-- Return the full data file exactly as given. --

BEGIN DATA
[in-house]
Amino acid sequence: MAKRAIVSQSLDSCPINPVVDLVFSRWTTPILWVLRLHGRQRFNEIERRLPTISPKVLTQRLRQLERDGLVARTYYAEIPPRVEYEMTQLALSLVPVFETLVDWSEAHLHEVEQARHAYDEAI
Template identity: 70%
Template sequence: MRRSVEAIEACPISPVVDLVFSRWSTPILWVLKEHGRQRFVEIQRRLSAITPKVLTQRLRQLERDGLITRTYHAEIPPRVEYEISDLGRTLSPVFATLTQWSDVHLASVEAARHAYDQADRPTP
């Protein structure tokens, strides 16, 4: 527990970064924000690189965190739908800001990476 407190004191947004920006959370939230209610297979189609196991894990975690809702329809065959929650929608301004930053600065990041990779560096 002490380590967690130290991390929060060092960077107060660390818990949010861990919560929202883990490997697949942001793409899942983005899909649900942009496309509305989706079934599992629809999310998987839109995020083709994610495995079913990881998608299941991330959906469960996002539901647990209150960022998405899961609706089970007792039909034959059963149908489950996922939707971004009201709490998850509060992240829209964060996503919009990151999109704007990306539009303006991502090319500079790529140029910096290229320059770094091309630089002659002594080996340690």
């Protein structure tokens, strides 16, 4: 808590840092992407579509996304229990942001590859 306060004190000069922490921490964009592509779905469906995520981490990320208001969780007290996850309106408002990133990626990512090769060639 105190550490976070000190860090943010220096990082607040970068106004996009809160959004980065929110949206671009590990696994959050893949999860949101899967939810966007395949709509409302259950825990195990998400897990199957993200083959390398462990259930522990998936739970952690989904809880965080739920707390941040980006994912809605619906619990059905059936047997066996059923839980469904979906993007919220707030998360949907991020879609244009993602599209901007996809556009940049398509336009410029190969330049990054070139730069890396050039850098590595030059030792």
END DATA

[in-house]
Amino acid sequence: MAKRAIVSQSLDSCPINPVVDLVFSRWTTPILWVLRLHGRQRFNEIERRLPTISPKVLTQRLRQLERDGLVARTYYAEIPPRVEYEMTQLALSLVPVFETLVDWSEAHLHEVEQARHAYDEAI
Template identity: 70%
Template sequence: MRRSVEAIEACPISPVVDLVFSRWSTPILWVLKEHGRQRFVEIQRRLSAITPKVLTQRLRQLERDGLITRTYHAEIPPRVEYEISDLGRTLSPVFATLTQWSDVHLASVEAARHAYDQADRPTP
């Protein structure tokens, strides 16, 4: 527990970064924000690189965190739908800001990476 407190004191947004920006959370939230209610297979189609196991894990975690809702329809065959929650929608301004930053600065990041990779560096 002490380590967690130290991390929060060092960077107060660390818990949010861990919560929202883990490997697949942001793409899942983005899909649900942009496309509305989706079934599992629809999310998987839109995020083709994610495995079913990881998608299941991330959906469960996002539901647990209150960022998405899961609706089970007792039909034959059963149908489950996922939707971004009201709490998850509060992240829209964060996503919009990151999109704007990306539009303006991502090319500079790529140029910096290229320059770094091309630089002659002594080996340690």
């Protein structure tokens, strides 16, 4: 808590840092992407579509996304229990942001590859 306060004190000069922490921490964009592509779905469906995520981490990320208001969780007290996850309106408002990133990626990512090769060639 105190550490976070000190860090943010220096990082607040970068106004996009809160959004980065929110949206671009590990696994959050893949999860949101899967939810966007395949709509409302259950825990195990998400897990199957993200083959390398462990259930522990998936739970952690989904809880965080739920707390941040980006994912809605619906619990059905059936047997066996059923839980469904979906993007919220707030998360949907991020879609244009993602599209901007996809556009940049398509336009410029190969330049990054070139730069890396050039850098590595030059030792």